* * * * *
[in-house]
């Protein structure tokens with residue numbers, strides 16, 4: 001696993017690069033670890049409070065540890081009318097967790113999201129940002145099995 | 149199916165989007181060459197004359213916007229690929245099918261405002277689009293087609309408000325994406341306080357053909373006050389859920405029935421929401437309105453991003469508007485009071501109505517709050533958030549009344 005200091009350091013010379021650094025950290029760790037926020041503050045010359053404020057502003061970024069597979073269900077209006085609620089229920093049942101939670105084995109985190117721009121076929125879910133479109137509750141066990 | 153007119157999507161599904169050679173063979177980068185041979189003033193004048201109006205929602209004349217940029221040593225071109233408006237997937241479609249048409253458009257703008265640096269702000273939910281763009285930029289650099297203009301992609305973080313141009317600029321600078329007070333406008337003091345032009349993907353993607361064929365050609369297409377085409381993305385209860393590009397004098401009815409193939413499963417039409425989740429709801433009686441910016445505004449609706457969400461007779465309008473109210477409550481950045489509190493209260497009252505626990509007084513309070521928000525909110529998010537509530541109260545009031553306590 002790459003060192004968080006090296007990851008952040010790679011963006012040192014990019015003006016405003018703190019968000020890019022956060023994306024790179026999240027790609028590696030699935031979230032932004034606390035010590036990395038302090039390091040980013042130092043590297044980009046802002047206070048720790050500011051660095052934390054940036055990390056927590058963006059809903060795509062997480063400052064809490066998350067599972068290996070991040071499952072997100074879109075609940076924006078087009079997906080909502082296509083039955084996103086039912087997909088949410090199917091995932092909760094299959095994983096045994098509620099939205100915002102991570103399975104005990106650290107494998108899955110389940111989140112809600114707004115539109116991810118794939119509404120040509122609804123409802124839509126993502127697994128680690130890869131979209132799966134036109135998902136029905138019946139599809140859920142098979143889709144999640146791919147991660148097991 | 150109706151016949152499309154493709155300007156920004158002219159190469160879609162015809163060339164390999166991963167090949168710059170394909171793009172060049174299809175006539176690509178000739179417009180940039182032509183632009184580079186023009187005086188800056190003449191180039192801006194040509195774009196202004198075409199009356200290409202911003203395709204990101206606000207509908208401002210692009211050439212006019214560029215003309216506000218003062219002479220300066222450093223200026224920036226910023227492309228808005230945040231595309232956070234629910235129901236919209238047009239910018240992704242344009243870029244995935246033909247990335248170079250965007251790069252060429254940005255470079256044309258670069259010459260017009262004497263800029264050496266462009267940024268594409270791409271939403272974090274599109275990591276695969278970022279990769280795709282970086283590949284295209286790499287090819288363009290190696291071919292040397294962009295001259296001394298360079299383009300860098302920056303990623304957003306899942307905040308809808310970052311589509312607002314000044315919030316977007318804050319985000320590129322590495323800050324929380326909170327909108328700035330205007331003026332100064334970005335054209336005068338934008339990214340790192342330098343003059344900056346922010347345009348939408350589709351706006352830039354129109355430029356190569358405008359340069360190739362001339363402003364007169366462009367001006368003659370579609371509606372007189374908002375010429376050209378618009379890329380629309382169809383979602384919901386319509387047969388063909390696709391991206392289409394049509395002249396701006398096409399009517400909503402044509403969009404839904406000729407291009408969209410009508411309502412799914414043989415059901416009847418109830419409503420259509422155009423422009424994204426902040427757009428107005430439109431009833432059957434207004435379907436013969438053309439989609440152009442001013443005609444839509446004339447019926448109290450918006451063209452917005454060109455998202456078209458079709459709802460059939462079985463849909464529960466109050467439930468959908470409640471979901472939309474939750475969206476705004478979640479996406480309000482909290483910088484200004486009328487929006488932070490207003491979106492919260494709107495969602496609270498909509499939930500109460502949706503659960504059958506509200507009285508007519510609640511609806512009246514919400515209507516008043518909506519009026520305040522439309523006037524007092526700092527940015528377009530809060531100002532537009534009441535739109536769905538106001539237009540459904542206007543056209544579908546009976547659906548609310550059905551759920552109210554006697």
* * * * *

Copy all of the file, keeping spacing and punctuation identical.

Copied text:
[in-house]
């Protein structure tokens with residue numbers, strides 16, 4: 001696993017690069033670890049409070065540890081009318097967790113999201129940002145099995 | 149199916165989007181060459197004359213916007229690929245099918261405002277689009293087609309408000325994406341306080357053909373006050389859920405029935421929401437309105453991003469508007485009071501109505517709050533958030549009344 005200091009350091013010379021650094025950290029760790037926020041503050045010359053404020057502003061970024069597979073269900077209006085609620089229920093049942101939670105084995109985190117721009121076929125879910133479109137509750141066990 | 153007119157999507161599904169050679173063979177980068185041979189003033193004048201109006205929602209004349217940029221040593225071109233408006237997937241479609249048409253458009257703008265640096269702000273939910281763009285930029289650099297203009301992609305973080313141009317600029321600078329007070333406008337003091345032009349993907353993607361064929365050609369297409377085409381993305385209860393590009397004098401009815409193939413499963417039409425989740429709801433009686441910016445505004449609706457969400461007779465309008473109210477409550481950045489509190493209260497009252505626990509007084513309070521928000525909110529998010537509530541109260545009031553306590 002790459003060192004968080006090296007990851008952040010790679011963006012040192014990019015003006016405003018703190019968000020890019022956060023994306024790179026999240027790609028590696030699935031979230032932004034606390035010590036990395038302090039390091040980013042130092043590297044980009046802002047206070048720790050500011051660095052934390054940036055990390056927590058963006059809903060795509062997480063400052064809490066998350067599972068290996070991040071499952072997100074879109075609940076924006078087009079997906080909502082296509083039955084996103086039912087997909088949410090199917091995932092909760094299959095994983096045994098509620099939205100915002102991570103399975104005990106650290107494998108899955110389940111989140112809600114707004115539109116991810118794939119509404120040509122609804123409802124839509126993502127697994128680690130890869131979209132799966134036109135998902136029905138019946139599809140859920142098979143889709144999640146791919147991660148097991 | 150109706151016949152499309154493709155300007156920004158002219159190469160879609162015809163060339164390999166991963167090949168710059170394909171793009172060049174299809175006539176690509178000739179417009180940039182032509183632009184580079186023009187005086188800056190003449191180039192801006194040509195774009196202004198075409199009356200290409202911003203395709204990101206606000207509908208401002210692009211050439212006019214560029215003309216506000218003062219002479220300066222450093223200026224920036226910023227492309228808005230945040231595309232956070234629910235129901236919209238047009239910018240992704242344009243870029244995935246033909247990335248170079250965007251790069252060429254940005255470079256044309258670069259010459260017009262004497263800029264050496266462009267940024268594409270791409271939403272974090274599109275990591276695969278970022279990769280795709282970086283590949284295209286790499287090819288363009290190696291071919292040397294962009295001259296001394298360079299383009300860098302920056303990623304957003306899942307905040308809808310970052311589509312607002314000044315919030316977007318804050319985000320590129322590495323800050324929380326909170327909108328700035330205007331003026332100064334970005335054209336005068338934008339990214340790192342330098343003059344900056346922010347345009348939408350589709351706006352830039354129109355430029356190569358405008359340069360190739362001339363402003364007169366462009367001006368003659370579609371509606372007189374908002375010429376050209378618009379890329380629309382169809383979602384919901386319509387047969388063909390696709391991206392289409394049509395002249396701006398096409399009517400909503402044509403969009404839904406000729407291009408969209410009508411309502412799914414043989415059901416009847418109830419409503420259509422155009423422009424994204426902040427757009428107005430439109431009833432059957434207004435379907436013969438053309439989609440152009442001013443005609444839509446004339447019926448109290450918006451063209452917005454060109455998202456078209458079709459709802460059939462079985463849909464529960466109050467439930468959908470409640471979901472939309474939750475969206476705004478979640479996406480309000482909290483910088484200004486009328487929006488932070490207003491979106492919260494709107495969602496609270498909509499939930500109460502949706503659960504059958506509200507009285508007519510609640511609806512009246514919400515209507516008043518909506519009026520305040522439309523006037524007092526700092527940015528377009530809060531100002532537009534009441535739109536769905538106001539237009540459904542206007543056209544579908546009976547659906548609310550059905551759920552109210554006697």